If the time period is, instead, a statute of limitations, an untimely complaint may be permitted to proceed on the merits if the defendant waives the defense of timeliness or the plaintiff demonstrates that he is entitled to equitable tolling of the statute of limitations. Becton Dickinson, 215 F.3d at 344. Procedurally, the defense of statute of limitations may be raised in a motion under Rule 12(b)(6) if the facts relevant to the defense are evident on the face of the complaint. Jones v. Bock, 127 S.Ct. 910, 920-21 (2007); Robinson v. Johnson, 313 F.3d 128, 135 (3d Cir. 2002). In deciding a motion to dismiss under Rule 12(b)(6), the court is required to accept as true all of the factual allegations in the complaint, and all reasonable inferences permitted by the allegations, viewing them in the light most favorable to the plaintiff. Phillips v. County of Allegheny, 515 F.3d 224, 233 (3d Cir. 2008). The defendant has the burden of persuasion that a claim for relief has not been stated. Hedges, 404 F.3d at 750.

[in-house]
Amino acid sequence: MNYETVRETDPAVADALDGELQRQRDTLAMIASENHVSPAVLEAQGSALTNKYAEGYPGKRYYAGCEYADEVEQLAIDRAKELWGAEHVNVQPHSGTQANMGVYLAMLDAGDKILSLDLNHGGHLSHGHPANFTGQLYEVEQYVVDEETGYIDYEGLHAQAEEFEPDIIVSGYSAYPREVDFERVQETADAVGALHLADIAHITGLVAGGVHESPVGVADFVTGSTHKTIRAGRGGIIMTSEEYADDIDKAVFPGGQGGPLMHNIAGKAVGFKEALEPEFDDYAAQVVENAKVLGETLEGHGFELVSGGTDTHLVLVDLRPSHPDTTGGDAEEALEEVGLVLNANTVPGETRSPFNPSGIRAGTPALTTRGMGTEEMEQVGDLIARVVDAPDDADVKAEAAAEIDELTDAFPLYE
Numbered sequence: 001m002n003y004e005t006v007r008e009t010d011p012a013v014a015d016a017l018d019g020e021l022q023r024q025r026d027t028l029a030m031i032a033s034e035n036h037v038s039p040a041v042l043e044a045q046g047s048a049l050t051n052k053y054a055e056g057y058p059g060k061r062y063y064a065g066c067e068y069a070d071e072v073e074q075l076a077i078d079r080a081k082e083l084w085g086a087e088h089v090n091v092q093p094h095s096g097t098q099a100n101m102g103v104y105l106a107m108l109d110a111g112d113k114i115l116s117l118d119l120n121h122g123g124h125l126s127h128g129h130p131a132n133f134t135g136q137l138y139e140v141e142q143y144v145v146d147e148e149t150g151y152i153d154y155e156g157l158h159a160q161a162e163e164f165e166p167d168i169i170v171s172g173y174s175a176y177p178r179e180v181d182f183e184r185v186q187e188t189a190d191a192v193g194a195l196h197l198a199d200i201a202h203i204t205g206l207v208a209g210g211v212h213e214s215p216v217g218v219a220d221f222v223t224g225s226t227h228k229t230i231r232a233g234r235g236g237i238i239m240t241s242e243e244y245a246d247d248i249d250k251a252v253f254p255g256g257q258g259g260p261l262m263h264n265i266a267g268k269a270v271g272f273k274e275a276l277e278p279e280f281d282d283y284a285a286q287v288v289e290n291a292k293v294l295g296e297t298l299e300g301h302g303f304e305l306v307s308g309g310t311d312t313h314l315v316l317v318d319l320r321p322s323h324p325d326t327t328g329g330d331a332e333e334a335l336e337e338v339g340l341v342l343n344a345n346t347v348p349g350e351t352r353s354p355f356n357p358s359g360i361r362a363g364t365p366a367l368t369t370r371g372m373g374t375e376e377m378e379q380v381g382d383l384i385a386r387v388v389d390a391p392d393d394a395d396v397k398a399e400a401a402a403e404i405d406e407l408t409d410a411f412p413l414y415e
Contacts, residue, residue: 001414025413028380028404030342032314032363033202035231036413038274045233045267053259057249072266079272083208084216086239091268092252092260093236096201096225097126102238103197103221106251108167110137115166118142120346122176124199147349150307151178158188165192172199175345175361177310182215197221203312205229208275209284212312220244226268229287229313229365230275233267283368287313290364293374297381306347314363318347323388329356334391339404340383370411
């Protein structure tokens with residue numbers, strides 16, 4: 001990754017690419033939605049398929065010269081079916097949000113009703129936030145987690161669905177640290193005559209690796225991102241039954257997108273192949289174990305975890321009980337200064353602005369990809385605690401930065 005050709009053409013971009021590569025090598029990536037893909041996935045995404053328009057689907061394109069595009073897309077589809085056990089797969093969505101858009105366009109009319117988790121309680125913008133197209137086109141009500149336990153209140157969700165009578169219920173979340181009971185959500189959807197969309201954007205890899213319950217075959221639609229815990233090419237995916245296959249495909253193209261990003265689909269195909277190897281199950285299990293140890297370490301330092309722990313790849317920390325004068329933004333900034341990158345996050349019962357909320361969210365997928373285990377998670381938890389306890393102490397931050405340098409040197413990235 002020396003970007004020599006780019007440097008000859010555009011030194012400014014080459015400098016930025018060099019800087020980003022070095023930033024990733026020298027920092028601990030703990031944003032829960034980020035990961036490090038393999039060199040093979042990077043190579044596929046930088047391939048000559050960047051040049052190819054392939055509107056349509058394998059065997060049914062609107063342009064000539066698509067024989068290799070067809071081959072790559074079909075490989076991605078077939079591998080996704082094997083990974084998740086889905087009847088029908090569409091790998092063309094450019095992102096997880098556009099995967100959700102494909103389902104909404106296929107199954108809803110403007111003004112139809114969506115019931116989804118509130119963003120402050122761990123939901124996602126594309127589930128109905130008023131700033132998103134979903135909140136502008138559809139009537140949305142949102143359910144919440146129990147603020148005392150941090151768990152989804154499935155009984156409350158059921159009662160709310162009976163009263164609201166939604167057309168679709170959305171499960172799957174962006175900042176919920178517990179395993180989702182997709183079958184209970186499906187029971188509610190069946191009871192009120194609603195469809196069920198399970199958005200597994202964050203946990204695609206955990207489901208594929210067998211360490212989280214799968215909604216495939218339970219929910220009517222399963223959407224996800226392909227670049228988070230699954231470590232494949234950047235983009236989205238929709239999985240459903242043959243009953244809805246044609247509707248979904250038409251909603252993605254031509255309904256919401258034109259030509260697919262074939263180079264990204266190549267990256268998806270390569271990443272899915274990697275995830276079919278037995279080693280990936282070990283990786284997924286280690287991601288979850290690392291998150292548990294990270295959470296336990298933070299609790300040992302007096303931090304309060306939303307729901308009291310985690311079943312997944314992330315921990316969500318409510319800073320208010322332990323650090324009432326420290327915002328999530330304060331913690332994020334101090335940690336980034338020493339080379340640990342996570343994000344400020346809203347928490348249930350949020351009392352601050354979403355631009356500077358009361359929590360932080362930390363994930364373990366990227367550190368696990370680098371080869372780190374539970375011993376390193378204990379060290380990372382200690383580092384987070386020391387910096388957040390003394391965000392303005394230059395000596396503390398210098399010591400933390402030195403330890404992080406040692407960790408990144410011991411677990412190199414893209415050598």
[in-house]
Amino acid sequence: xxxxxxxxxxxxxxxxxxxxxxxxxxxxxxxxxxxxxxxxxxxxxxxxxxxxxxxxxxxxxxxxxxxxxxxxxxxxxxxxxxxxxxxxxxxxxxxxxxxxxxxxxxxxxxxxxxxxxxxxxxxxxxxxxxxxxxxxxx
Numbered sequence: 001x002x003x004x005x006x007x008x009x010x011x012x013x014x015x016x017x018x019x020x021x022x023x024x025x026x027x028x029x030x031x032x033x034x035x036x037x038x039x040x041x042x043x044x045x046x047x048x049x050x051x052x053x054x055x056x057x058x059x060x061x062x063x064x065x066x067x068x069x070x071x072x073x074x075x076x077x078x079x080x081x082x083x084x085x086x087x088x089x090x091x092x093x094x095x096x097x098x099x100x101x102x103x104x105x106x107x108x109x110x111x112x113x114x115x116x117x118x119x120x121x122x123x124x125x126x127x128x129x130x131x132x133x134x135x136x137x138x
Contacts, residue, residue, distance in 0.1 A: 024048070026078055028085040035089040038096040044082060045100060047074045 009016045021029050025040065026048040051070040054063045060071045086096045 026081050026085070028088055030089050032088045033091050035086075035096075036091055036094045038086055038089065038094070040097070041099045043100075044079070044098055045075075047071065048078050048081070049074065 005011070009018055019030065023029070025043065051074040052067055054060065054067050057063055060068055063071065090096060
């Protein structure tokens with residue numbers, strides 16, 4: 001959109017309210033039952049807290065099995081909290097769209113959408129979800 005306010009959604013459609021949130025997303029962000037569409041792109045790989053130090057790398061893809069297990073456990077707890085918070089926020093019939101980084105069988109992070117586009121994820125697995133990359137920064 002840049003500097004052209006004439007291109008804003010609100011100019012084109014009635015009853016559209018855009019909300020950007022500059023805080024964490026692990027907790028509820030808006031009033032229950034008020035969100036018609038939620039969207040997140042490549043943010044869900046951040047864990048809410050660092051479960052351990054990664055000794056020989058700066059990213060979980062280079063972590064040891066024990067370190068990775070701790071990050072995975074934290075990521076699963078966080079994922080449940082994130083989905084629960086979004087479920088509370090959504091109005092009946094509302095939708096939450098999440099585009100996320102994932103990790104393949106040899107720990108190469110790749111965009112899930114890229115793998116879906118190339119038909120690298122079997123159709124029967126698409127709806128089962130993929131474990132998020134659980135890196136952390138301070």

There is authority which holds that "the timely filing of a notice of appeal in a civil case is a jurisdictional requirement" for which exceptions may not be granted. Bowles, 127 S.Ct. at 2366; United States v. Higgs, 504 F.3d 456, 464 (3d Cir. 2007). The basis for this rule is that a statutory time limit is a congressional limitation on the subject matter jurisdiction of the lower federal courts. Bowles, 127 S.Ct. at 2364. This rule has been applied to appeals from district court decisions, see id. at 2366, and from agency determinations, see Pomper v. Thompson, 836 F.2d 131, 134 (3d Cir. 1987). See also Dill v. Gen. Am. Life Ins. Co., 525 F.3d 612, 617 (8th Cir. 2008) ("Time limits prescribed by statute are jurisdictional . . . ."); Ruiz-Martinez v. Mukasey, 516 F.3d 102, 119 (2d Cir. 2008); Grullon v. Mukasey, 509 F.3d 107, 111 (2d Cir. 2007) (Bowles held that "a limit on extensions of time to appeal was jurisdictional largely because of the fact that [the] time limitation is set forth in a statute." (quotation and citation omitted)); Higgs, 504 F.3d at 464 (interpreting Bowles to mean that "if a time limitation is set forth in a statute, it is jurisdictional").